- No. DNA from the cards can not be used. The research community has not been successful using the cards to map genes or for SNP analysis. The cards can be used successfully for some genetic tests after a mutant gene is found.
- Do I need to notify the University of Missouri Animal Molecular Genetics Lab when I ship a blood sample?
- No. If the samples are being shipping within the United States you do not need to notify the University. Contact them for special instructions if you are shipping from another country. If a large number of samples (i.e. from a clinic) are being shipped you may notify them as a courtesy.
- What is the fee for processing the DNA?
- There is a $40 per sample processing fee. The SCWTCA Endowment will pay half that fee for the first 1000 samples. Owners will pay $20 per dog.
- Is there an additional fee for storing DNA?
- If a DNA test is developed, will there be a fee?
- Yes. If the DNA is already on file at the University, the fee for the test will be discounted.
- What information will I need to enroll my dog online?
- You will need the breed, registration information if available (registered name, registration number, sire's and dam's names and registration numbers), dog's call name, sex, birth date, titles, and microchip or tattoo number. Include as much information as you have available. Information can be completed or changed at a later time.
- May I change or update the information I enter online?
- Yes. Owners may update and change information online at any time. Owners are encouraged to update health information annually or more often if there is a significant change.
- Is a photo required when enrolling?
- A photo is not required, but may be included to personalize your dog's page.
- Can the breeder or co-owner enter data on a dog in the online records?
- The account name and password are required to enter data on a dog. The simplest way for the breeder or co-owner to enter data is to initially enroll the dog in her name as an authorized agent if not the owner. It is usually more accurate if only one person enters and updates records for an individual dog.
- Can a computer be used at the site of a blood collection clinic to enroll dogs online?
- It is ideal for dogs to be pre-enrolled by the owner on their own computer prior to the clinic. If that has not been done, a paper information form can be sent with the blood sample and the dog can be enrolled online later. In the future, it may be possible for a clinic organizer to obtain an event password so that multiple dogs can be enrolled from one computer on the day of the clinic. Later each individual owner will need to request that the dog be transferred to their account and password.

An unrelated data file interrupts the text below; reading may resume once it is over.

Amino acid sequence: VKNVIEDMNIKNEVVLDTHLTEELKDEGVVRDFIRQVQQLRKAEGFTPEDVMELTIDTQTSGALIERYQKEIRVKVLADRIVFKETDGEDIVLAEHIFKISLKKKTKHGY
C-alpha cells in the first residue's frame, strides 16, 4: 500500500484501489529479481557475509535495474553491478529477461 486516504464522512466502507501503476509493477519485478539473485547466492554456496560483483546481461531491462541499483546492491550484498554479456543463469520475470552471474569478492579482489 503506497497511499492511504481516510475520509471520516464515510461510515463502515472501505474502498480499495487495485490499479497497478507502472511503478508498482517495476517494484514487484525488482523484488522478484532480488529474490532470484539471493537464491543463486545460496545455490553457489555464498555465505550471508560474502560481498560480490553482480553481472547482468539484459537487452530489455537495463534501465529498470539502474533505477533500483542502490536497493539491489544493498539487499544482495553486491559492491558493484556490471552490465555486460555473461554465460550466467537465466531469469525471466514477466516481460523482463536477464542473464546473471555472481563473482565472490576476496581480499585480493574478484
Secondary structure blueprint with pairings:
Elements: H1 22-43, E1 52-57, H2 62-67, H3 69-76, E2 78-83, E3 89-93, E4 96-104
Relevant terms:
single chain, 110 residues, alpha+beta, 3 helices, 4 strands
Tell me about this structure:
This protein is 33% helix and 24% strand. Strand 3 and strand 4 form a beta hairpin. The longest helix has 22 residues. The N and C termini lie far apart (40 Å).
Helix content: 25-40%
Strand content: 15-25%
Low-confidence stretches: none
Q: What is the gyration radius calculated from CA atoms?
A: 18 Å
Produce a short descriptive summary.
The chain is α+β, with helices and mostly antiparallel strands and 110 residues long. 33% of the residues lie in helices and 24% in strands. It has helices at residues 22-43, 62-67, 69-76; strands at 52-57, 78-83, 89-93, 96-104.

- Will information about my dog be made public?
- No. Information about individual dogs is kept confidential. Owners may choose to make information on their dog available online or choose to keep it private by marking the appropriate response when enrolling their dog.
- What does it mean if I agree to share information about my dog online?
- Agreeing to share information means that the dog's identification profile (call name, registered name and number, titles, sire, dam, birth date, sex, date of survey completion) and photo (if any) will be visible to anyone selecting Find a Dog.
- Will health information be revealed by the Canine Phenome Project?
- No. Individual dog health survey responses will not be revealed.
- Will names and pedigrees be attached to the DNA?
- All information about the dog including the pedigree and the owner is confidential. The data about the dog and the DNA sample number will be recorded together for use by researchers. Descriptive information about the dog contributing the DNA is essential for the DNA to be useful for research.
- Will the SCWTCA Board, the SCWTCA Endowment Board, the SCWT Genetic Research Fund Board or SCWTCA Health Committee members be given access to health information about my dog?
- No. Information about the individual dogs is confidential.
- Who owns the DNA?
- The University Of Missouri College Of Veterinary Medicine Animal Molecular Genetics Laboratory owns the DNA. The lab is headed by Gary Johnson, DVM, PhD. They are committed to sharing DNA with qualified researchers and to working with national breed clubs through the Canine Phenome Project.
- Where will the DNA be stored?
- DNA will be stored at the Animal Molecular Genetics Laboratory, University of Missouri College of Veterinary Medicine at Columbia, MO.
- Who will decide how the DNA will be used?
- The University of Missouri Animal Molecular Genetics Laboratory will determine how the DNA is used. Their policy is to work collaboratively and to share DNA and data when possible.
- Will the SCWTCA, the SCWTCA Endowment or the SCWT Genetic Research Fund determine how the DNA is used?
- No. They will not determine how the DNA is used. They will each decide whether to help fund a specific research study. The three groups have agreed to work collaboratively, but each Board will make its own decision about which projects to fund.
- What diseases will be researched?